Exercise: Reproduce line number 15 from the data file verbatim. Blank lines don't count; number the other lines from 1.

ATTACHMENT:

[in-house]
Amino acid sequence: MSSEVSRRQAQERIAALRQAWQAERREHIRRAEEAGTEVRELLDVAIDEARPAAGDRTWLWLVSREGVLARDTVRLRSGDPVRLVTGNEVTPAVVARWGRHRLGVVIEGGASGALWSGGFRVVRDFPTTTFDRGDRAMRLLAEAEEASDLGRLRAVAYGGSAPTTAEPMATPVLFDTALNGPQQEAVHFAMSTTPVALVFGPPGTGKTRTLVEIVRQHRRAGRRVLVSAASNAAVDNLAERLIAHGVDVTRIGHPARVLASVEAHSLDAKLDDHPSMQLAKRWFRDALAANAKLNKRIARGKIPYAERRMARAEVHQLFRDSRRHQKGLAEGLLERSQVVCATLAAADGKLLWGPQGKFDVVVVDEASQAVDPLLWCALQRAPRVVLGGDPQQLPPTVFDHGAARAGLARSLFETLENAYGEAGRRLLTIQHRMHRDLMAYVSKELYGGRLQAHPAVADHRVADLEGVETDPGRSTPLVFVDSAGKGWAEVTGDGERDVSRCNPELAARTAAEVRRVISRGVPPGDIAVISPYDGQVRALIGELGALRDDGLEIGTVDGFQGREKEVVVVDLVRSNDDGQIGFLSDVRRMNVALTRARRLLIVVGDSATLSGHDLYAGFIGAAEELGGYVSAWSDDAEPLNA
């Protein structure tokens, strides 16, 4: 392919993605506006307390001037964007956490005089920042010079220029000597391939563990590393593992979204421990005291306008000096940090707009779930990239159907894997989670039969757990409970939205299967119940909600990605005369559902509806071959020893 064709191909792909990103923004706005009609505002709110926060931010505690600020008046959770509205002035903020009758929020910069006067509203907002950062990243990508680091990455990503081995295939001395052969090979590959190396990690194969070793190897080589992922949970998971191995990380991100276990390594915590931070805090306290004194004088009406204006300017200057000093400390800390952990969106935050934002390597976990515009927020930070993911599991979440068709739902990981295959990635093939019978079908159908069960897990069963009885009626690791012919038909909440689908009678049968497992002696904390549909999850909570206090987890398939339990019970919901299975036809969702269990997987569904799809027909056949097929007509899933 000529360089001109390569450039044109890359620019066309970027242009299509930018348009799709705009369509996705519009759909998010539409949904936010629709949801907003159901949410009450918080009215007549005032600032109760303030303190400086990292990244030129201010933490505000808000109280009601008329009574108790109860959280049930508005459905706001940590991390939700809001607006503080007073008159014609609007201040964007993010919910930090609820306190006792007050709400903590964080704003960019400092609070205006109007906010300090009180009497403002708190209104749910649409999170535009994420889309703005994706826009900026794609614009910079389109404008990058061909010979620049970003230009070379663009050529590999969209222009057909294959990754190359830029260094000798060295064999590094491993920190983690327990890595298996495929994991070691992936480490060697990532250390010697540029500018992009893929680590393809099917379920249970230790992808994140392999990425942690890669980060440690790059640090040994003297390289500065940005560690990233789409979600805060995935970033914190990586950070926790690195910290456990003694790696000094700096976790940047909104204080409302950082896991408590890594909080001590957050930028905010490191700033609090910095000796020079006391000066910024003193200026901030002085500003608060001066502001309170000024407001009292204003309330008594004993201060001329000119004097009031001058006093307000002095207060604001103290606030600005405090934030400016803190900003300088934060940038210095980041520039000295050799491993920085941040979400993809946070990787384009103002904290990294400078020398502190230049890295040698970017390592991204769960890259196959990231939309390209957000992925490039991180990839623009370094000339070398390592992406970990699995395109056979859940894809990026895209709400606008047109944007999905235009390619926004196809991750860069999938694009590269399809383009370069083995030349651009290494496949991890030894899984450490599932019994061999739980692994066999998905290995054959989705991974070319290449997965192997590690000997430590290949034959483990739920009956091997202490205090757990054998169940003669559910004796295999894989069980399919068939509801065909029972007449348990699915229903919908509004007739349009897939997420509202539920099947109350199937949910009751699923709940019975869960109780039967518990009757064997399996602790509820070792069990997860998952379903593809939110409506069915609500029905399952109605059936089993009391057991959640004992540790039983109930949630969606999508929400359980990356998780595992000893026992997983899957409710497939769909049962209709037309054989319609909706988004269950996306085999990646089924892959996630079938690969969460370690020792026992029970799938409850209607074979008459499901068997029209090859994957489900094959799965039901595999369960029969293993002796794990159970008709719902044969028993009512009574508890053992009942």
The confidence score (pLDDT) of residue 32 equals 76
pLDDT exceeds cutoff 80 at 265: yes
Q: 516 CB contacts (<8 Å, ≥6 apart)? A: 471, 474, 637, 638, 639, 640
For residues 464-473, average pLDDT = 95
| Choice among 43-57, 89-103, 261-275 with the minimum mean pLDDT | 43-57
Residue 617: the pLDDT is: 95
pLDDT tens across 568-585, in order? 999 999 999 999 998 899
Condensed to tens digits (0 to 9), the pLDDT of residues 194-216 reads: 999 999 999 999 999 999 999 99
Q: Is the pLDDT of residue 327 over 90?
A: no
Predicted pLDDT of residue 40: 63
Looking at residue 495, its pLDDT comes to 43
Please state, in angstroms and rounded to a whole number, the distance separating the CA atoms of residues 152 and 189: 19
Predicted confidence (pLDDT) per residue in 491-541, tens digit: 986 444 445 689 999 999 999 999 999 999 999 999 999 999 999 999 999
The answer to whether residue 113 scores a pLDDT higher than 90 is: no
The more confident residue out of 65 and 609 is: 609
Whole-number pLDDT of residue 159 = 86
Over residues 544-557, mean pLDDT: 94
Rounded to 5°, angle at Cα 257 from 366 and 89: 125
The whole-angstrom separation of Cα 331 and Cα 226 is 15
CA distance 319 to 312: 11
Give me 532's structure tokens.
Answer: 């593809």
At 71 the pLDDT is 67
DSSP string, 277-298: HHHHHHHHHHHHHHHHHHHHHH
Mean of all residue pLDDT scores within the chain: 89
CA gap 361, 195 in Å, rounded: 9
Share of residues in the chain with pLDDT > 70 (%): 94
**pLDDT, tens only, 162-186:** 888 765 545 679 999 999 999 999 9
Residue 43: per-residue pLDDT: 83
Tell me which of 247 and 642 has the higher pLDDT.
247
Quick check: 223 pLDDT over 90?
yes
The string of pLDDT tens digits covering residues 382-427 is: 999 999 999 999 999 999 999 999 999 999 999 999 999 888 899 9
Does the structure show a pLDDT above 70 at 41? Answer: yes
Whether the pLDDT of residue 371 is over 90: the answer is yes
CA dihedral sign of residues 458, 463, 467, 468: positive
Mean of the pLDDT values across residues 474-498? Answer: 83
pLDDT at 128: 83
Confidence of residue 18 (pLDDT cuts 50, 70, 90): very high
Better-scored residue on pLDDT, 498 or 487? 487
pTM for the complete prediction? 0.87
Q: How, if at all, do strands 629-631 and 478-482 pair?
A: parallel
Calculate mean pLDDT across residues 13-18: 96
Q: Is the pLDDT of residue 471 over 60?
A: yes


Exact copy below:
Looking at residue 495, its pLDDT comes to 43